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By: Elvis Presley (born Elvis Aron Presley January 8, 1935 in Tupelo, Mississippi, died August 16, 1977 in Memphis, Tennessee.)
Called the King of Rock 'n' Roll, Elvis is generally considered to be the most important, iconic entertainer of the 20th Century. He has sold over one billion records worldwide, more than anyone in record industry history. He has had 150 albums and singles certified gold, platinum and multi-platinum, 149 charting songs in the US, 114 of which were Top 40 hits, 40 of which were Top 10 hits, and 18 #1 hits.
In 2004, Rolling Stone Magazine ranked him #3 on their list of the 100 Greatest Artists of All Time.
When Elvis listened to the demo for "All Shook Up", recorded by songwriter Otis Blackwell, he, along with producer Steve Sholes and Colonel Tom Parker, thought it was a hit, so it was scheduled for his next recording session. Sholes said, "What could be a more perfect marriage than a song called 'All Shook Up' and a singer who couldn’t stop shaking when he sang?"
On January 19, 1957 (the same day he recorded all of the songs on the EP Peace in the Valley, the best selling EP in the history of music,) Elvis recorded "All Shook Up" at the Los Angeles Radio Recorders' studio.
Because he did not read music, Elvis learned the song by listening to the demo over and over again, never looking at the notated lyric sheet. Therefore, Presley was influenced by Otis Blackwell’s singing style, down to his vocal inflections and word pronunciations.
The final version of "All Shook Up" contains the sound of Elvis slapping the back of his guitar to keep the song at the pace he wanted. In some places, the slap is the only instrumental sound heard on the recording.
"All Shook Up" was recorded in 10 takes.
Chart position: #1 (US, 8 weeks), #1 (US Country), #1 (UK, 7 weeks).
"All Shook Up" was Elvis' second-biggest hit in the US (after "Don't Be Cruel"/"Hound Dog").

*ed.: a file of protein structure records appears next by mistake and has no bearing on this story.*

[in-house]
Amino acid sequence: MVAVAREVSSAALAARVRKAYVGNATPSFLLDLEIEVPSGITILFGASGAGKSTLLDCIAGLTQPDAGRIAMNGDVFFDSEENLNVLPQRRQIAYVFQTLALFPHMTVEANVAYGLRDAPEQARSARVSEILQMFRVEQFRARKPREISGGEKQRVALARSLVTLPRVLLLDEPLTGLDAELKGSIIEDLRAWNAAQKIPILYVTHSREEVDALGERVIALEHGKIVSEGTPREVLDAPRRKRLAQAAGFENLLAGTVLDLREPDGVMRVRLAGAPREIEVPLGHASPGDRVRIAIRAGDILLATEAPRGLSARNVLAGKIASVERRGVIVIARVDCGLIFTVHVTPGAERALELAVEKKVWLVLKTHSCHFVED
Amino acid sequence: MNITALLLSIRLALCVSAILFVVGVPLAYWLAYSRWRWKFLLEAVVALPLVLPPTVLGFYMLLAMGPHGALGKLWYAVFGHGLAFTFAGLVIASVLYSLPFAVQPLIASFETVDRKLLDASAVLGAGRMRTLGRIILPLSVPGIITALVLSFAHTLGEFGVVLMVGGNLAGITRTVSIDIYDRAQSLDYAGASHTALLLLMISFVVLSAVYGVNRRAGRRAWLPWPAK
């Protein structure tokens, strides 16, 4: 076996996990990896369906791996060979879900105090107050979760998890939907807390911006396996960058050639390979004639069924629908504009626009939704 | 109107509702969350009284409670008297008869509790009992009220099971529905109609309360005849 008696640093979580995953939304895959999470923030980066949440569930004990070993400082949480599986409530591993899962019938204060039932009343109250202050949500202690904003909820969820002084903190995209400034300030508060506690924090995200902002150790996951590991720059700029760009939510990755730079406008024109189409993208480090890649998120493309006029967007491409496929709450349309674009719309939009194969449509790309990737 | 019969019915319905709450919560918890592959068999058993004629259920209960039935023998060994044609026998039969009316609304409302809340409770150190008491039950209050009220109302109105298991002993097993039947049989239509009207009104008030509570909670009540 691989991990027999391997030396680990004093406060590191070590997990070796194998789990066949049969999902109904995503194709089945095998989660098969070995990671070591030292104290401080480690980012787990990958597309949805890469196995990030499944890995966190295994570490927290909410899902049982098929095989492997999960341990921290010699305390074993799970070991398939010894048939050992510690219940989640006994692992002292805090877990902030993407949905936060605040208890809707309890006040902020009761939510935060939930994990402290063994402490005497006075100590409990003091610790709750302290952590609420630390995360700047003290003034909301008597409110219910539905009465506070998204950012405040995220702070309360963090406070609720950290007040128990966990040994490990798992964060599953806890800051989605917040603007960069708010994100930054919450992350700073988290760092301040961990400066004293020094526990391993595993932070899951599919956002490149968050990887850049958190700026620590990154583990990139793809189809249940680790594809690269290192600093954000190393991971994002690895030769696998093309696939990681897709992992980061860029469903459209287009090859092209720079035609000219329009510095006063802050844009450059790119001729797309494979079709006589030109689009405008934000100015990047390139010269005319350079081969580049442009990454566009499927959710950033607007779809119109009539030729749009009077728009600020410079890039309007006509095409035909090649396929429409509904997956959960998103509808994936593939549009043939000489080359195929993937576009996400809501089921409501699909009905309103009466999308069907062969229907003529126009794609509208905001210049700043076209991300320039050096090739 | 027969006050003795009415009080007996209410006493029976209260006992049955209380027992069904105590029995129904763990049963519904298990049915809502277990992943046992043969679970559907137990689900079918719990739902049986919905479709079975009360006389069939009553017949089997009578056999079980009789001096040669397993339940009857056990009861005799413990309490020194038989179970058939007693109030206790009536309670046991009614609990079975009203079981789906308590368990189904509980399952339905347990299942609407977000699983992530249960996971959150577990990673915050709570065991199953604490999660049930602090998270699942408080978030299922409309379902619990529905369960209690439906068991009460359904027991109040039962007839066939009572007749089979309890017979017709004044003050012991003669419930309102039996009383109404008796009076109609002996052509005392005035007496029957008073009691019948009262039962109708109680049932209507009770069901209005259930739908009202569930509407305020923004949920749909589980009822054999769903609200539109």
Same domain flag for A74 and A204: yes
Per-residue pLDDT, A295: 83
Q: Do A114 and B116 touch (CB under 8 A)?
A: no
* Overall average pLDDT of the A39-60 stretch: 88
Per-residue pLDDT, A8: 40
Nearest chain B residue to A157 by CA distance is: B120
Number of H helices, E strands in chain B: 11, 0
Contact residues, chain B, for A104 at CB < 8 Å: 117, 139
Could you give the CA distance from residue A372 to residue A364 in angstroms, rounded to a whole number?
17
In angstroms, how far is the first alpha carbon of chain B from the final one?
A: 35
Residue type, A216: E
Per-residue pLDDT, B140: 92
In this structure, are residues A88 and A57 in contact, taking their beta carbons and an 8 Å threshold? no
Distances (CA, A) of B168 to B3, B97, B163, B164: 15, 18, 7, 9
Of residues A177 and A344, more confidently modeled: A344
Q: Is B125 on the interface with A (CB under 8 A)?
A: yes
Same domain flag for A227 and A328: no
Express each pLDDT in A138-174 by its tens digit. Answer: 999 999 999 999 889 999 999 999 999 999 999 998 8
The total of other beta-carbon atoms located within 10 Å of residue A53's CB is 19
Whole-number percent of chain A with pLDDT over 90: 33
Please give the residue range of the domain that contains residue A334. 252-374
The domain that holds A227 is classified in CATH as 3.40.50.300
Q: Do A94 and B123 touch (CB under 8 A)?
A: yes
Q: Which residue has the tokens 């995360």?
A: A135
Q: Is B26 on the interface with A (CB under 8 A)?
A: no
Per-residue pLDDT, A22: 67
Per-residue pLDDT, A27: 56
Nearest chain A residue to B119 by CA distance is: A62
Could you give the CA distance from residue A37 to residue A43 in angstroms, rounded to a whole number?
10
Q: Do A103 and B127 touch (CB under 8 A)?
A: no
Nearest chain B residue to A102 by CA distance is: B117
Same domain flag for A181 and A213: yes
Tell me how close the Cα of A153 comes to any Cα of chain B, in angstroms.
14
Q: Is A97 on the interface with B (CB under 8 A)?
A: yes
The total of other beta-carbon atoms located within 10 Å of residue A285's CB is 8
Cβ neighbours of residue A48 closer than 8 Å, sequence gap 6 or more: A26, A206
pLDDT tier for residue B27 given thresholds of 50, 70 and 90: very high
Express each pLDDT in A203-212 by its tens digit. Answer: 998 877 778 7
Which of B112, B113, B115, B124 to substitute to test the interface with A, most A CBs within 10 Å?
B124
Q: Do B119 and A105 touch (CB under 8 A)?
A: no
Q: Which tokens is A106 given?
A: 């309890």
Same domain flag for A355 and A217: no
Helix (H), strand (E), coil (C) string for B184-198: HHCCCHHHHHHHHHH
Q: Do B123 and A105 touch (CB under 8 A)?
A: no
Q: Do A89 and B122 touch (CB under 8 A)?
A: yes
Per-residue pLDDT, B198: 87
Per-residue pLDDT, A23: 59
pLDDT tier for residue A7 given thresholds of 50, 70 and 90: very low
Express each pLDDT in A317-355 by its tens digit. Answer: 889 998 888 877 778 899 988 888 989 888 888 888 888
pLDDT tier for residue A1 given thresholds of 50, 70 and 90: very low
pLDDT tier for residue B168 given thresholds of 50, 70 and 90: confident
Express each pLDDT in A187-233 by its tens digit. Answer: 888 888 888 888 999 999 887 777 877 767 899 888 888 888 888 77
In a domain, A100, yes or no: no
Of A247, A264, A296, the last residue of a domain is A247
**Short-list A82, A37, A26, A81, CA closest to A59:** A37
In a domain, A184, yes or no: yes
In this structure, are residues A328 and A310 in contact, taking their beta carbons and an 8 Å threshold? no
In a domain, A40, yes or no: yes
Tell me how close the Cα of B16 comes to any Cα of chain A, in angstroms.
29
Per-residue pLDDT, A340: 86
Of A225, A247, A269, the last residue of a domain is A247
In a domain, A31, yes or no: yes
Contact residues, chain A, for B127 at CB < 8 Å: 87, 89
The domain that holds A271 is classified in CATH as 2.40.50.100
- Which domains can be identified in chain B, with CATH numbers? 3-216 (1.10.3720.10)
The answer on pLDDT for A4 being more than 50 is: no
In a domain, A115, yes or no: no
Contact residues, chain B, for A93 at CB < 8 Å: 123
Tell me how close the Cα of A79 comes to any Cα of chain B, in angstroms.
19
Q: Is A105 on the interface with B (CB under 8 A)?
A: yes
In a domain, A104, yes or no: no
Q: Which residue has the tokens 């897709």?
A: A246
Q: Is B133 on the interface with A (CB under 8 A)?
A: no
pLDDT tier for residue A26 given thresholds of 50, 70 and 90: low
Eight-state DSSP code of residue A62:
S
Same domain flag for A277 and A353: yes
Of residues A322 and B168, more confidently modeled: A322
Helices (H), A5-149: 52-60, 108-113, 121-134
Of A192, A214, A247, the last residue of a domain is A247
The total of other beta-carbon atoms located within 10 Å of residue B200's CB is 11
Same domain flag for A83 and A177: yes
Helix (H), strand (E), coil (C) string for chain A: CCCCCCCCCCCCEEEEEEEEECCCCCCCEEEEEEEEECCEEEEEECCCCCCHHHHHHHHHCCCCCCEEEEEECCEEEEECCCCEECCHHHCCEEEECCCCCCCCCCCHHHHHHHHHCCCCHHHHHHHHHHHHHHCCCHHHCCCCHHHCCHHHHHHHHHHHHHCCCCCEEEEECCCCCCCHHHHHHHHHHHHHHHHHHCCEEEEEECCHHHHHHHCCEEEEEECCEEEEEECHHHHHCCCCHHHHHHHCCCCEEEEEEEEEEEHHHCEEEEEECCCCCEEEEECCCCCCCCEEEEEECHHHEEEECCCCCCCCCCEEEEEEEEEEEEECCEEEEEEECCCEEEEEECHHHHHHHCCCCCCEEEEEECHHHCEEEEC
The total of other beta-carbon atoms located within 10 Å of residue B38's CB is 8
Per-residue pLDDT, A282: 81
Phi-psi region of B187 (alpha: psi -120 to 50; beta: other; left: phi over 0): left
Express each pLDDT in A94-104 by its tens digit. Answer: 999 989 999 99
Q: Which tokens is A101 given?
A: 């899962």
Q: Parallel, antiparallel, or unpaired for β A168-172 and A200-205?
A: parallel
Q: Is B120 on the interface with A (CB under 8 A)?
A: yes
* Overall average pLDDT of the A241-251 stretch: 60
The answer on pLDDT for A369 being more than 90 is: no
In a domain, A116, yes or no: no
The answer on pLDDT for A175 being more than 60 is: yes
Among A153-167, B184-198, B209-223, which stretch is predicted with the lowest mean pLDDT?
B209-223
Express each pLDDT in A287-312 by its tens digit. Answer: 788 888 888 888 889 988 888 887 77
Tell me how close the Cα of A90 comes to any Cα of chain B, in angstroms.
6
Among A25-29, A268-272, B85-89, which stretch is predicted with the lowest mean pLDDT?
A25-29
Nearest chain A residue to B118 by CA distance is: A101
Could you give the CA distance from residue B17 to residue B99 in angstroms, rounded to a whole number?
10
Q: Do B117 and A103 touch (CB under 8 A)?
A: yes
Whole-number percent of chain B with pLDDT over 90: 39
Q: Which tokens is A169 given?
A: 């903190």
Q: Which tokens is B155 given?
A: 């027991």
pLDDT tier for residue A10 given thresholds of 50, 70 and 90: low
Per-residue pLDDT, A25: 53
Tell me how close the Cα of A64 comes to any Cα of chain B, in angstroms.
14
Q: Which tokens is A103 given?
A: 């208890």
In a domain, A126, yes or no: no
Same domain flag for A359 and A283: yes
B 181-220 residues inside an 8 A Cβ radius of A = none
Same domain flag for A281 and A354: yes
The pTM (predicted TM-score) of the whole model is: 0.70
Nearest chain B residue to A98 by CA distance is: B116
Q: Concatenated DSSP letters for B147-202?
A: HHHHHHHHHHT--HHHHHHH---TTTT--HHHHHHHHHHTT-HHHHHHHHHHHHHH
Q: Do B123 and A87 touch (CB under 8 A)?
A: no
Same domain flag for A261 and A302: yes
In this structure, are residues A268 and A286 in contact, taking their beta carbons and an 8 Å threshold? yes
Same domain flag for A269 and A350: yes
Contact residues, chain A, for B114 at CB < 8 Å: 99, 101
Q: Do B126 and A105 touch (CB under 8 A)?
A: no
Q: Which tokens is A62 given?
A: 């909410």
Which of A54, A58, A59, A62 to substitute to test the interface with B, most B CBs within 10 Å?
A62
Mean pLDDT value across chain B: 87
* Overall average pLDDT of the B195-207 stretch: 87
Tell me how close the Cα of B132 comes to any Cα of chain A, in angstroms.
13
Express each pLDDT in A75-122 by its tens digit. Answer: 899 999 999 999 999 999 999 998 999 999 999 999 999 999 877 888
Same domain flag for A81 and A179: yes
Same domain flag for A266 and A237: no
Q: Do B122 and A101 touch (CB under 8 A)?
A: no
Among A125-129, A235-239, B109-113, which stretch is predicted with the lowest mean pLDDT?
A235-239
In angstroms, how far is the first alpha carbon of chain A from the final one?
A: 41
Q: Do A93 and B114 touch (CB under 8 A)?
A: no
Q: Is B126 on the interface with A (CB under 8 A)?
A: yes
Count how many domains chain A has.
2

The Top Ten Songs: April 27, 1957 (US Billboard Hot 100).
- "All Shook Up" (Elvis Presley)
- "Round and Round" (Perry Como)
- "Little Darlin'" (Diamonds)
- "Butterfly" (Andy Williams)
- "Party Doll" (Buddy Knox)
- "Marianne" (Easy Riders)
- "Why Baby Why?" (Pat Boone)
- "Come Go With Me" (Del-Vikings)
- "I'm Walkin'" (Fats Domino)
- "Gone" (Ferlin Husky)
Written by: Otis Blackwell (born February 6, 1932, died May 6 2002).
Blackwell also wrote "Don't Be Cruel", "Return to Sender", and "One Broken Heart for Sale", all of which were hits for Elvis Presley. Blackwell also wrote "Fever" (Peggy Lee, #8 US) and “Great Balls Of Fire” (Jerry Lee Lewis, #2 US).
Otis Blackwell often joked, "I can write a song about anything." Aaron "Goldie" Goldmark, one of the owners of Shalimar Music (Blackwell's publishing company) constantly brought him off-the-wall ideas, and Otis would always come up with something. One day, Goldmark bought a Pepsi from a vending machine, but before opening it, he dropped the bottle on the floor. Knowing that opening it would mean spraying it everywhere, he walked over and set in in front of Blackwell at his desk and said, "You say you can write about anything. Well, write about this." Blackwell studied the Pepsi for a moment, shaking it and watching the fizz. According to legend, he wrote "All Shook Up" so quickly that the drink was still cold by the time he was finished.
"All Shook Up" is credited to "Otis Blackwell/Elvis Presley", even though Blackwell was the sole songwriter.
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